SOUTH Think Southern states, and images of antebellum-era white-pillared plantation homes come to mind. Some 14 decades after the Civil War, this straightforward palette is resurging in popularity, especially in Deep South states like Louisiana. Though the region cycled through the beige family about 15 years ago, paint experts here report most new homes are sided in white or painted white. Homeowners often add cool green tones to shutters, roofs and awnings.

WESTERN MOUNTAIN Homeowners in mountain states prefer natural colors — like the mid-toned yellowy tans of the area's foliage. Love of the outdoors is reflected in the popularity of rustic, natural materials like wood siding, stained in mid tones, and stone.

SOUTHWEST In Arizona's desert regions, neutrals step down into darker tones of deep taupe and are trimmed with mid-toned shades in the same color family. Designers select neutral greens because these shades blend with the mountains and desert surroundings. But Southwestern homes also echo the area's ethnic influences. In Santa Fe, N.M. of course, sand and turquoise are popular. And, in El Paso, Texas, just over the border from Mexico, bright blues, golds and terra cottas work side by side with neutral tans and creams. These colors reflect not only the unique culture of the area, but also the terrain.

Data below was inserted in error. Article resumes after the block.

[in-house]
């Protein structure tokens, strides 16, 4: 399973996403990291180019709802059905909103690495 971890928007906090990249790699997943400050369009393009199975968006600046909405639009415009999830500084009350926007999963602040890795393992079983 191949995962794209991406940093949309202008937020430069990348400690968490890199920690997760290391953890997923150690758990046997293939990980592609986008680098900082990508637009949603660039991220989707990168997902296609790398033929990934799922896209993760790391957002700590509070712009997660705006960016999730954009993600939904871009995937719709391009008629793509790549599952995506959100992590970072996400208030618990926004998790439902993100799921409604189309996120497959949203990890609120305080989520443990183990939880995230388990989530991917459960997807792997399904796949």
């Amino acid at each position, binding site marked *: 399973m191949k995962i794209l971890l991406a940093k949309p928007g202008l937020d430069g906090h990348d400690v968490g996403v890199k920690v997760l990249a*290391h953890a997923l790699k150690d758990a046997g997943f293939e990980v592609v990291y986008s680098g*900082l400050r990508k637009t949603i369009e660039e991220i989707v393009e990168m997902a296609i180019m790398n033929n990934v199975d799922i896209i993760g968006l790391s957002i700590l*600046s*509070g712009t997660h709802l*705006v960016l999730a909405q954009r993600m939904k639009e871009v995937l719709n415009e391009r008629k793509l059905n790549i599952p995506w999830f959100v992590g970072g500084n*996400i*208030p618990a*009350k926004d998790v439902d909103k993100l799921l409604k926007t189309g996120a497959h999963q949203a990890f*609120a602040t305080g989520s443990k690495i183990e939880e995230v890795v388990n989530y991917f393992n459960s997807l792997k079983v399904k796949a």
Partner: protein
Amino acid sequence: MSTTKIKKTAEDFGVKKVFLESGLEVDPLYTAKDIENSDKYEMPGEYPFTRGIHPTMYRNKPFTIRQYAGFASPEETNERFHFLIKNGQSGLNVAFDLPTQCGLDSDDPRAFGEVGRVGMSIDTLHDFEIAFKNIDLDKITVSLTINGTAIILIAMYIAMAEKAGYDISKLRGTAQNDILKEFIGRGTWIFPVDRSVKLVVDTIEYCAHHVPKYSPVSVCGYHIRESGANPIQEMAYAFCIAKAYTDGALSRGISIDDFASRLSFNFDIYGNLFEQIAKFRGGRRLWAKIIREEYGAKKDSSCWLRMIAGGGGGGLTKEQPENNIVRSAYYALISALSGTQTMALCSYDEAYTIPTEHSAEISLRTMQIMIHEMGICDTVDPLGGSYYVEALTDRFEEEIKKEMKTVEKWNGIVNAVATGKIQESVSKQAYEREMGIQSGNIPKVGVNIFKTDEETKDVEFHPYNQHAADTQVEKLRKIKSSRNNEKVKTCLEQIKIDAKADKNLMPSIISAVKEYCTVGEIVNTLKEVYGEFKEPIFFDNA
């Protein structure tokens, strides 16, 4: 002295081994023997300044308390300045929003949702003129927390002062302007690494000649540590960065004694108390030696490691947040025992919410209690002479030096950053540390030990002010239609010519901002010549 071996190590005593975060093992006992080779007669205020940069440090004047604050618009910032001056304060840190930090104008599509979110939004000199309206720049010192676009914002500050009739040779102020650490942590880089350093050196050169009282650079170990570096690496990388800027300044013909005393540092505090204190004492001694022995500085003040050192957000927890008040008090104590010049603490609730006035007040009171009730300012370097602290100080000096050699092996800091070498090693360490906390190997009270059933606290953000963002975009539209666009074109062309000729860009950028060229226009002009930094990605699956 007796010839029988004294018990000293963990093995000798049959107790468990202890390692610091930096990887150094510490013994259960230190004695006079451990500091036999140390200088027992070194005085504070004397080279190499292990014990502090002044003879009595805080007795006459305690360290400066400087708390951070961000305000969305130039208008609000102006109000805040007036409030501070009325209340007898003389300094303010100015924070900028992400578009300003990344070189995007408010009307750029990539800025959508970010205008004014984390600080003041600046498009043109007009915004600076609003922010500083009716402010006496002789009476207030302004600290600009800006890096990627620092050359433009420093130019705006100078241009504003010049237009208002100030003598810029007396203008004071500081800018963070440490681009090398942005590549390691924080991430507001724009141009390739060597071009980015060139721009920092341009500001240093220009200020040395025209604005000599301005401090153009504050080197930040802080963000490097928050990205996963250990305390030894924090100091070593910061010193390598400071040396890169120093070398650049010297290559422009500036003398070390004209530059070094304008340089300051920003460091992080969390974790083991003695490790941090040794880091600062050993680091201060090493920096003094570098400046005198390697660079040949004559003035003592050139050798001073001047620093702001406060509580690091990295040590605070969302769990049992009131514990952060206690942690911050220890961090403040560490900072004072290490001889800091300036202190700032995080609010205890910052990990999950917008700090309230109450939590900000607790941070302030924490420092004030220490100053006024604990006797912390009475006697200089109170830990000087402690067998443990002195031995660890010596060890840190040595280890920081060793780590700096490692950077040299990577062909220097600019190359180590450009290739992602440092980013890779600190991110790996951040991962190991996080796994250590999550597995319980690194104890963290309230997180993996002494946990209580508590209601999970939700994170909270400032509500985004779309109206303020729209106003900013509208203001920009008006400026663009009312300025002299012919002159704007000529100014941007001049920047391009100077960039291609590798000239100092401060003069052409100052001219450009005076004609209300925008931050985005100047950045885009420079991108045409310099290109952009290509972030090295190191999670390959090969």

WEST COAST Pacific Coast state residents favor shades of gold, yellow, wheat and sage-tinged green for their homes, moving into a color palette that's more evocative of new millennium tones. Homeowners along the coast like cheerful yet sophisticated hues that reflect colors found in the surrounding environment. While still earth tones, these yellow and green shades move away from browns and swing toward sunny, warm colors.

THE NATIONAL SPECTRUM With the notable exception of the West Coast region, where varying levels of yellow are popular, home colors seem to begin as light and white shades along the East Coast, move to light neutrals in the Midwest and shift to mid- and deep-toned neutrals in mountain zones. While neutrals continue to dominate, research shows homeowners do like color. Increasingly, homeowners are using eyecatching colors on doors, shutters, windows and trim.